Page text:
Most credit risk managers experienced significant resourcing challenges in 2021 and currently remain concerned about wage inflation. While some banks have so far eluded the brunt of the Great Resignation, they report that the talent pool in many markets remains constrained — especially for experienced professionals who understand business trends and have acquired expertise to drive digital and operational transformation.

The shift to remote work posed deeper challenges within certain areas of lending operations. Relationship managers experienced challenges balancing relationship-building with credit risk management during the pandemic as communications transitioned to virtual meeting and digital channels. Collections teams, which rarely worked remotely prior to COVID-19, also encountered difficulty adapting to remote-work models, according to credit risk practitioners.

Credit risk officers who successfully navigated challenges related to remote models and the talent crunch indicate that they did so by deepening collaborations with third-party resource providers, increasing investments in third-party information providers and expanding their use of automation and advanced technology tools.

This year, many plan to focus on digital skilling, ramping up training and development activities and fostering more cross-functional collaborations and training among lending operations teams. The additional functional and institutional knowledge should enable full-time resources to quickly and more effectively take on new roles and responsibilities as needed, they say.

Credit risk management process resilience

Credit risk functions highlight several tactics that should be effective in preparing for extraordinary events going forward, including:

  • Regularly reviewing credit policies and procedures;
  • Designing governance models for government stimulus programmes or other programmatic changes in credit risk management practices; and
  • Decentralising aspects of institutional risk appetite decision-making to more quickly adapt to changes in the macroeconomic environment and borrower demand.

Most current process improvements are aimed at strengthening agility and resilience, credit risk officers point out; moreover, resilience must be embedded in the design of new and upgraded processes to help futureproof operations for contingencies, they emphasise.

For example, redefining key credit deterioration indicators will ensure that they signal distress with sufficient lead time; digital contact enhancements will drive collections improvements and Regulation F compliance; and integrating data previously used exclusively for managerial reporting into financial reporting will enable analysts, shareholders and other stakeholders to evaluate the organisation’s ability to adapt to exogenous disruptions, as well as advance Environmental, Social and Governance (ESG) reporting and enhance credit risk modeling.

Digitisation in lending operations drives resilience

Credit risk officers gained important insights about talent and technology as COVID-19 took hold. In the early stages of the pandemic, commercial and consumer lending demand grew across several sectors (e.g., residential mortgages and segments of commercial real estate such as warehouses and data centers), forcing financial institutions to adjust and/ or boost capabilities across the front end of their lending value chains in applications, underwriting and originations. Most organisations responded to this surge in loan demand by rapidly increasing headcount — through a combination of full-time employees and support from third-party partners, both domestically and offshore — along with limited piecemeal digitisation efforts in some parts of originations. The majority of the lenders did not focus on overarching or end-to-end solution digitisation.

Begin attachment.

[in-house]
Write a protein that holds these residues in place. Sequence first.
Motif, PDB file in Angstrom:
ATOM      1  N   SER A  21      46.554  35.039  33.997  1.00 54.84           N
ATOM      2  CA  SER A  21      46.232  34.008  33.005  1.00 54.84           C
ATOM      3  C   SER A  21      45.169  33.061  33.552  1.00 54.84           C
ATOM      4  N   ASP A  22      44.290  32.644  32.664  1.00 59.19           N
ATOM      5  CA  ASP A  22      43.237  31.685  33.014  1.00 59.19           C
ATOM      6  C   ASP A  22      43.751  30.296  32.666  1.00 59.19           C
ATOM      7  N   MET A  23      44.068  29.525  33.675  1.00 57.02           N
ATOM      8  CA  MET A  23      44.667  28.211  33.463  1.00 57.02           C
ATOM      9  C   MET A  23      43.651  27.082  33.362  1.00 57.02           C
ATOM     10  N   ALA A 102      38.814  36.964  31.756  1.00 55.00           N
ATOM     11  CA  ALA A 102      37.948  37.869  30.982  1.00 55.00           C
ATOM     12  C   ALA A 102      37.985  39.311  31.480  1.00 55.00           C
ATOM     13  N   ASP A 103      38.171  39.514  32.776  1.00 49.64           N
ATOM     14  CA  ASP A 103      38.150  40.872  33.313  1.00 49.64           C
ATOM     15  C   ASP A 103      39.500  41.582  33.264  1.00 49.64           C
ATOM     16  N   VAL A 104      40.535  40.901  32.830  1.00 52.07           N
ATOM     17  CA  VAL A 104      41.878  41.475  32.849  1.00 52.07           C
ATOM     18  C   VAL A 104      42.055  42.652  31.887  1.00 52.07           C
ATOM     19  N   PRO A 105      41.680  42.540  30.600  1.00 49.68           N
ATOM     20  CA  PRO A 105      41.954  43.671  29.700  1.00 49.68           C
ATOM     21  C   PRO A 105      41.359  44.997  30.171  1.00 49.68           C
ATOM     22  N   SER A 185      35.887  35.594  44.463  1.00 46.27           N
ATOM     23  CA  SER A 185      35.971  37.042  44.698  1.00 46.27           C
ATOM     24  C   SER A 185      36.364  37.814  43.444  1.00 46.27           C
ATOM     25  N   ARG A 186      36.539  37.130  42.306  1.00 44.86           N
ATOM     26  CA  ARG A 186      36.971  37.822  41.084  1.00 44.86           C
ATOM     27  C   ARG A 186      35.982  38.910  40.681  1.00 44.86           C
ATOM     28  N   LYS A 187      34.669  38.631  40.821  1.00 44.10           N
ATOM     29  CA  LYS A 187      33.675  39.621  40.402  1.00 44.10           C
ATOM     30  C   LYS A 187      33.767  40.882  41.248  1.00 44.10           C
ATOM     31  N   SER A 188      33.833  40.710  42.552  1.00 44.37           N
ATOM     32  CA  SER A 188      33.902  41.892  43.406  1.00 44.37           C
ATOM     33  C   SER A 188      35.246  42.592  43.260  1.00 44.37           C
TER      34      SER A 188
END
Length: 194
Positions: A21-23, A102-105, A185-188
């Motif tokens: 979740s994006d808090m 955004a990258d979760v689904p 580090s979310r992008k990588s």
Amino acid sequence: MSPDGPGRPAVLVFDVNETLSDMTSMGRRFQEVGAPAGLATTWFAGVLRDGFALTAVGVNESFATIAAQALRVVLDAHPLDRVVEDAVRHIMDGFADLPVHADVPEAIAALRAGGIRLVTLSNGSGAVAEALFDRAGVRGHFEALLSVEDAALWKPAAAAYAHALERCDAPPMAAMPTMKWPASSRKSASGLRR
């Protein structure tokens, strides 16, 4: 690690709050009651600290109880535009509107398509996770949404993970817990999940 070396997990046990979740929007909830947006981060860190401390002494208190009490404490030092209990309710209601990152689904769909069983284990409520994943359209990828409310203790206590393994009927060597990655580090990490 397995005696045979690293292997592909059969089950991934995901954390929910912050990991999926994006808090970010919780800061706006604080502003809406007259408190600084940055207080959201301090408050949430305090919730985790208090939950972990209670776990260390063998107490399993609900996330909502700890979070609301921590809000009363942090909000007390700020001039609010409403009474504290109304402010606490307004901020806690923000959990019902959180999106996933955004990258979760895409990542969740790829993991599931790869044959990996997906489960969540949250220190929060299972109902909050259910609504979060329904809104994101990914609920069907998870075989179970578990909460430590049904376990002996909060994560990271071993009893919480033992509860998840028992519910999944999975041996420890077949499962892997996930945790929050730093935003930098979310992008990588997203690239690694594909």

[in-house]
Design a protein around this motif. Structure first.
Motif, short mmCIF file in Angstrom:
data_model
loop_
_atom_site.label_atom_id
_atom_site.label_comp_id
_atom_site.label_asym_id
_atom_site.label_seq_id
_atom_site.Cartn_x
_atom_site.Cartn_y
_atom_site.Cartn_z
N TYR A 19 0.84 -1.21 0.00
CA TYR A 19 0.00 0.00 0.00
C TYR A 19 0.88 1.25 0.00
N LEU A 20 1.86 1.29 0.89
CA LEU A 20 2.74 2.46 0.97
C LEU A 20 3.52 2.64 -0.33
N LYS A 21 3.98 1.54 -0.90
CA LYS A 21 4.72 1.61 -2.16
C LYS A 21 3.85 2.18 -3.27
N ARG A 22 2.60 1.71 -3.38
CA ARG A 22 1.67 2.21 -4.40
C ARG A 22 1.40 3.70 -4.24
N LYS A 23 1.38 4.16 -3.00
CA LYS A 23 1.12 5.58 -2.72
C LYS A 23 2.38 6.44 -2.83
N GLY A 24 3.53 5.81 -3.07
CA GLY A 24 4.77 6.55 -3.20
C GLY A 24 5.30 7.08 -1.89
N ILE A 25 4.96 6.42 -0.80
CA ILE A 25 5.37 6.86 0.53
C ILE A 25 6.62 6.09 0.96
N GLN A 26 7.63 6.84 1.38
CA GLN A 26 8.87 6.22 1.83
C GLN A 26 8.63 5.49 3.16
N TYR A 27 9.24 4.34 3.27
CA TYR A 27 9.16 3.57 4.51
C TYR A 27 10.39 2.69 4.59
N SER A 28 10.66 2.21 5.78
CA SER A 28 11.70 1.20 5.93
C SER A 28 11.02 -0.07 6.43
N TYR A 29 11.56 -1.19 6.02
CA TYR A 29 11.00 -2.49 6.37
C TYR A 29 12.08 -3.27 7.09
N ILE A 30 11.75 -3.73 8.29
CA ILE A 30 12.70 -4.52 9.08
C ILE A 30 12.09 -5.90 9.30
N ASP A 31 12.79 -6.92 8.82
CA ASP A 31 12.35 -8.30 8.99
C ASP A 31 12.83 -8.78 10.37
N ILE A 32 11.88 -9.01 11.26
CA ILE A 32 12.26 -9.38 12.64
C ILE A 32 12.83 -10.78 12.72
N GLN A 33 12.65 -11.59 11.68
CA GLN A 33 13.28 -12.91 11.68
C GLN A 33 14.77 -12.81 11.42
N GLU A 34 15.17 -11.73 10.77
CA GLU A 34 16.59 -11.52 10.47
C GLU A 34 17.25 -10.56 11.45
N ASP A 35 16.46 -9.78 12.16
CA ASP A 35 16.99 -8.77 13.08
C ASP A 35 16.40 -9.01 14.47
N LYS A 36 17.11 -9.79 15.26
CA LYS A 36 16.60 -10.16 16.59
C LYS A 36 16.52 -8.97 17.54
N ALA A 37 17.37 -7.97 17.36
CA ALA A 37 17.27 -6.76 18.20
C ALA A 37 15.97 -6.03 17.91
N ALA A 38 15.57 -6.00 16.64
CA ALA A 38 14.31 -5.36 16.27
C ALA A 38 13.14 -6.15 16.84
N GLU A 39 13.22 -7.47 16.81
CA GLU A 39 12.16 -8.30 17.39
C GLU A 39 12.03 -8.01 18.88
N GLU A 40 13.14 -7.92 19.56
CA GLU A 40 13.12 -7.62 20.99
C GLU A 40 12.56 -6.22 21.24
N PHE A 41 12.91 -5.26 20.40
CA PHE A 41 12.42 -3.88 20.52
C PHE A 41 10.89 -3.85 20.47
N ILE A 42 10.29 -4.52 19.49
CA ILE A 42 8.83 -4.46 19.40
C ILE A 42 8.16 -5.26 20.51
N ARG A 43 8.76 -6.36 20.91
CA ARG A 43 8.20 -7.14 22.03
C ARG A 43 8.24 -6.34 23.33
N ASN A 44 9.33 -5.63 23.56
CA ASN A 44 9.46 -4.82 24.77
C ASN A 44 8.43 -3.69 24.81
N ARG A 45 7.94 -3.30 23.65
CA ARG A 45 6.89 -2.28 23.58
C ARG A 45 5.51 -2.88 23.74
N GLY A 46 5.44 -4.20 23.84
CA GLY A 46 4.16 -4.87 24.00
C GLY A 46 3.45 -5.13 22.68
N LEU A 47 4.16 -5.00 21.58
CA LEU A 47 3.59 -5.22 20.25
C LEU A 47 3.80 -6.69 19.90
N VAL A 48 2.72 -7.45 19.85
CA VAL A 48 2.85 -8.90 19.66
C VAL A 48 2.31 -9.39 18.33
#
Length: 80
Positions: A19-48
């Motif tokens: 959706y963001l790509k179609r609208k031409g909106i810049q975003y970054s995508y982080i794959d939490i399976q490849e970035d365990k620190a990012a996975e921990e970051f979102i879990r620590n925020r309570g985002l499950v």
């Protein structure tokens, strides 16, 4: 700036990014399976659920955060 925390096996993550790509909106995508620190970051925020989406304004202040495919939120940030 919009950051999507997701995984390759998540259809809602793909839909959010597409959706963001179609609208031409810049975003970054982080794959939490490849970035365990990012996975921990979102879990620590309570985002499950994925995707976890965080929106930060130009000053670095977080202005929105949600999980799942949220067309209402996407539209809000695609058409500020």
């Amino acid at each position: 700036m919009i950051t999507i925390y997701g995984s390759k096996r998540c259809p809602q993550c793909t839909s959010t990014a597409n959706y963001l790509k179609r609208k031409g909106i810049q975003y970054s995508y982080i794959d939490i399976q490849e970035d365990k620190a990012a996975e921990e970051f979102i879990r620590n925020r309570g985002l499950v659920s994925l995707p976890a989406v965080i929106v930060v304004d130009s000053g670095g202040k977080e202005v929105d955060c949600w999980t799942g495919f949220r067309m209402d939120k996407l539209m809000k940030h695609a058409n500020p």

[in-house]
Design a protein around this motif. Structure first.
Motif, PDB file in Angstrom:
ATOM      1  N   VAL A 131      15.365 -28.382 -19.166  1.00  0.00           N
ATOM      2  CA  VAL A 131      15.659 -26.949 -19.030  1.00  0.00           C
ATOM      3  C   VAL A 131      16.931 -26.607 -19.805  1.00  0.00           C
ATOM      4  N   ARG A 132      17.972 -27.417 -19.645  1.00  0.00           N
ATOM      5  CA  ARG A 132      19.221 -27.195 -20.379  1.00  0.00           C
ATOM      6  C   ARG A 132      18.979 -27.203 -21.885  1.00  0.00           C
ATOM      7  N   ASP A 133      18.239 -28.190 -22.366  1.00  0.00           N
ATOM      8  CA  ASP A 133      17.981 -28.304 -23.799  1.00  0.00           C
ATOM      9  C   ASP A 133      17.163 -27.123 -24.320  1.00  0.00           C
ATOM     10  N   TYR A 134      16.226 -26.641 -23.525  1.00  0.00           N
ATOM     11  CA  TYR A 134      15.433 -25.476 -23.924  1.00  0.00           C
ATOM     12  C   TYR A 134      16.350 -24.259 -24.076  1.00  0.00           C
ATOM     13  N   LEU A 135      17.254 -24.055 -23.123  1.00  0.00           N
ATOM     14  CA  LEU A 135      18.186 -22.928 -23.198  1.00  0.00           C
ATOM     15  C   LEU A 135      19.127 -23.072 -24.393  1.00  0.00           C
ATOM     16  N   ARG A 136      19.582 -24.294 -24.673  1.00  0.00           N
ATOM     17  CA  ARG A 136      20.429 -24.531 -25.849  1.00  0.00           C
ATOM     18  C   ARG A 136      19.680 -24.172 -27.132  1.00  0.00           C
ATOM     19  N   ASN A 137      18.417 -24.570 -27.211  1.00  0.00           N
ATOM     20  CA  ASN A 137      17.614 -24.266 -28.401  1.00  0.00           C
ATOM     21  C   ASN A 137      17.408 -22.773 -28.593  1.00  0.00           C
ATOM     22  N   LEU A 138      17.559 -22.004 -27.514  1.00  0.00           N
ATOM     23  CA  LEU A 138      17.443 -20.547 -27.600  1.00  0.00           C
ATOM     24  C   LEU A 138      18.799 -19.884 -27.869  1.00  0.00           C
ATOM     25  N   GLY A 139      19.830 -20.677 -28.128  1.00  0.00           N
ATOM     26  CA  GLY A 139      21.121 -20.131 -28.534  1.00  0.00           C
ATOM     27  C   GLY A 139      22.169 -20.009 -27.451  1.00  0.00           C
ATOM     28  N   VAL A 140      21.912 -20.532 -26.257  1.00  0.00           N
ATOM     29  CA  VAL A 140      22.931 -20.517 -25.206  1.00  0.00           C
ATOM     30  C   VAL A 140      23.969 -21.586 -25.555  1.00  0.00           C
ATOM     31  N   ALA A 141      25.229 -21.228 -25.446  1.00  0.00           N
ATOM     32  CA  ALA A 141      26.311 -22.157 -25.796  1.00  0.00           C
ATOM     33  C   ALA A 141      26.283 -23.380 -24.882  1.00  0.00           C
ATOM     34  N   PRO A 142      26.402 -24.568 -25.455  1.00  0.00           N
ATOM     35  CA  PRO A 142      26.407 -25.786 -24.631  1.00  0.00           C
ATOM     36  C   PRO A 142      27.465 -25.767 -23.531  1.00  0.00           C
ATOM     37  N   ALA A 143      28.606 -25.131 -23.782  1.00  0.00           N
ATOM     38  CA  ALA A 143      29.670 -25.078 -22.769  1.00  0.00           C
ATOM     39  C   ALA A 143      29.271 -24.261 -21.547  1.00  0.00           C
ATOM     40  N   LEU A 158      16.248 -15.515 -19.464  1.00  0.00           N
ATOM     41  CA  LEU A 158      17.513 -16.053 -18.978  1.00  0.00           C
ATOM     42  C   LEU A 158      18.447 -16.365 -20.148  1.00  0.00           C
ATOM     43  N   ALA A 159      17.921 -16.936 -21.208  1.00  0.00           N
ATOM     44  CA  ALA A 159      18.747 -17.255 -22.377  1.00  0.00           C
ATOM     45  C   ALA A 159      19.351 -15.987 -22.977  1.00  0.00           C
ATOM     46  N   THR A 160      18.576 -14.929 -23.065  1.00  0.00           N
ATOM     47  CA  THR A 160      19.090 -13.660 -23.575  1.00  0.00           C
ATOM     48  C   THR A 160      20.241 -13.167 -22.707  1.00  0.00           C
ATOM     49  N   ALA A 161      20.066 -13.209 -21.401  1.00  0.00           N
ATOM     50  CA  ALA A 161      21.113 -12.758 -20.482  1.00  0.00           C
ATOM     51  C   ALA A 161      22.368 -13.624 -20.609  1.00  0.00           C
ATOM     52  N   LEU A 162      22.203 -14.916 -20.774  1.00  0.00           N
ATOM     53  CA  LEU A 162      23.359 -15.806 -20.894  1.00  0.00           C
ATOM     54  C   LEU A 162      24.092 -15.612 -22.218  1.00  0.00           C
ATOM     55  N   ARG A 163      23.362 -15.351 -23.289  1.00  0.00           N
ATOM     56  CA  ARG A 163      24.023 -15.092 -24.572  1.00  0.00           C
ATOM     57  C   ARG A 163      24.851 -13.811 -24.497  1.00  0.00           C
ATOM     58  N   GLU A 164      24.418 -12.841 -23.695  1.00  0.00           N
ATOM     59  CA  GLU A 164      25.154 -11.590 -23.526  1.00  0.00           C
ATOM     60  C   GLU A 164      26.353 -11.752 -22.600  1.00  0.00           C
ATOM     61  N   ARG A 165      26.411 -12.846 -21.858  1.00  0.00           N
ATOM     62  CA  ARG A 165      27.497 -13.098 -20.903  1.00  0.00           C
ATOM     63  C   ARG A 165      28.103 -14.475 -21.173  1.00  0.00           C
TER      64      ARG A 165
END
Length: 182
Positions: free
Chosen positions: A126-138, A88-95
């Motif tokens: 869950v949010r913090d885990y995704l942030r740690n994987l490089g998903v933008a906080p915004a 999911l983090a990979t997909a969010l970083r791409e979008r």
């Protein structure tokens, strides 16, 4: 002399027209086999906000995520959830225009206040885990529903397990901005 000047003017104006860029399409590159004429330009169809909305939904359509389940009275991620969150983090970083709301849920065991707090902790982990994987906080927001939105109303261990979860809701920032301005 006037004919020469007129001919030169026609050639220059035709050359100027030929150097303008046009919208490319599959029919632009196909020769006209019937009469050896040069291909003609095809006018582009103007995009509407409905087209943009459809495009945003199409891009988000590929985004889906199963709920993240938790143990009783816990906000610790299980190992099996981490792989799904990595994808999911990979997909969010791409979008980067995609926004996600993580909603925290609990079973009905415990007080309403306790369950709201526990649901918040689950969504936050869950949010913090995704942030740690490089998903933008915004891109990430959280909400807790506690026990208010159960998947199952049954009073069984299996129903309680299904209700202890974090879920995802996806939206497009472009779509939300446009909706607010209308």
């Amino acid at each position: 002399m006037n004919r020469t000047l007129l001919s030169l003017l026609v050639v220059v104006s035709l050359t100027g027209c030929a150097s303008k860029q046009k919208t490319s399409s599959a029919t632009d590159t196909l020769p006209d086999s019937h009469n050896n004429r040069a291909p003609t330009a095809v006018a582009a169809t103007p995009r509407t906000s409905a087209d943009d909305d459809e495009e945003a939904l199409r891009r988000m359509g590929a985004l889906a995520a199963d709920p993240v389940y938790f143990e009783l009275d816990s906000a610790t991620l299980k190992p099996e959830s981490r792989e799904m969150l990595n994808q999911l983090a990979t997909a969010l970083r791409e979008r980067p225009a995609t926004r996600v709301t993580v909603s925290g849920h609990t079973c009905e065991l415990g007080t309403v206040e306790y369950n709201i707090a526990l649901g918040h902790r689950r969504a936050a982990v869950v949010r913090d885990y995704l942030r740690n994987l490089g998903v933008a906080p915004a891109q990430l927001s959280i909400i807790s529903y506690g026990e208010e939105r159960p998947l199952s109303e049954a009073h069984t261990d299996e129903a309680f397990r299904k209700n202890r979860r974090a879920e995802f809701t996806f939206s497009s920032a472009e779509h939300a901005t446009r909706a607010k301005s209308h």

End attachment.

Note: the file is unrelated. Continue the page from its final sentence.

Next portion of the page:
While both approaches provided relief, they demonstrated limitations. In the past 12 months, many lenders endured significant and costly inefficiencies due to technology ecosystems that are rarely integrated. Similarly, institutions that did not have a flexible staffing model that leverages a pool of full-time and contract workers, consultants, and managed services and outsourcing providers responded to pandemic-driven disruptions with less agility and efficacy than those with a next-generation labor model.[12]

As shown in the figure above, the lending value chain is made complex by distinct technology platforms supporting the underwriting, origination, servicing and loss mitigation link levels. The proliferation and nonintegrated nature of the platforms, which respectively may suffer varying degrees of architecture, instrumentation and compliance constraints, significantly increases the risk of operational bottlenecks.

Rather than launching technology upgrades on an ad hoc basis, financial institutions should create a sense of urgency around initiating a systematic and comprehensive digital transformation of the lending value chain as a foundation for resilience. Risk managers should consider high-level steps to act on this imperative as the case for greater resiliency continues to build.

    Resilience and efficiency drivers, and focal points

    Several influences drive the need for lenders to dedicate resources to strengthen operations. Our experience with banks and lenders has helped us to identify six areas to focus improvement based on these drivers.

    As shown above, resilience and efficiency investments are driven by a lending operation’s vulnerability to changes in market conditions and emerging risks, including:

    • Pressure to post growth: Anticipated interest rate hikes from central banks likely will contain lending volumes and growth, but even in a rising rate environment, banks will be expected to generate continued growth.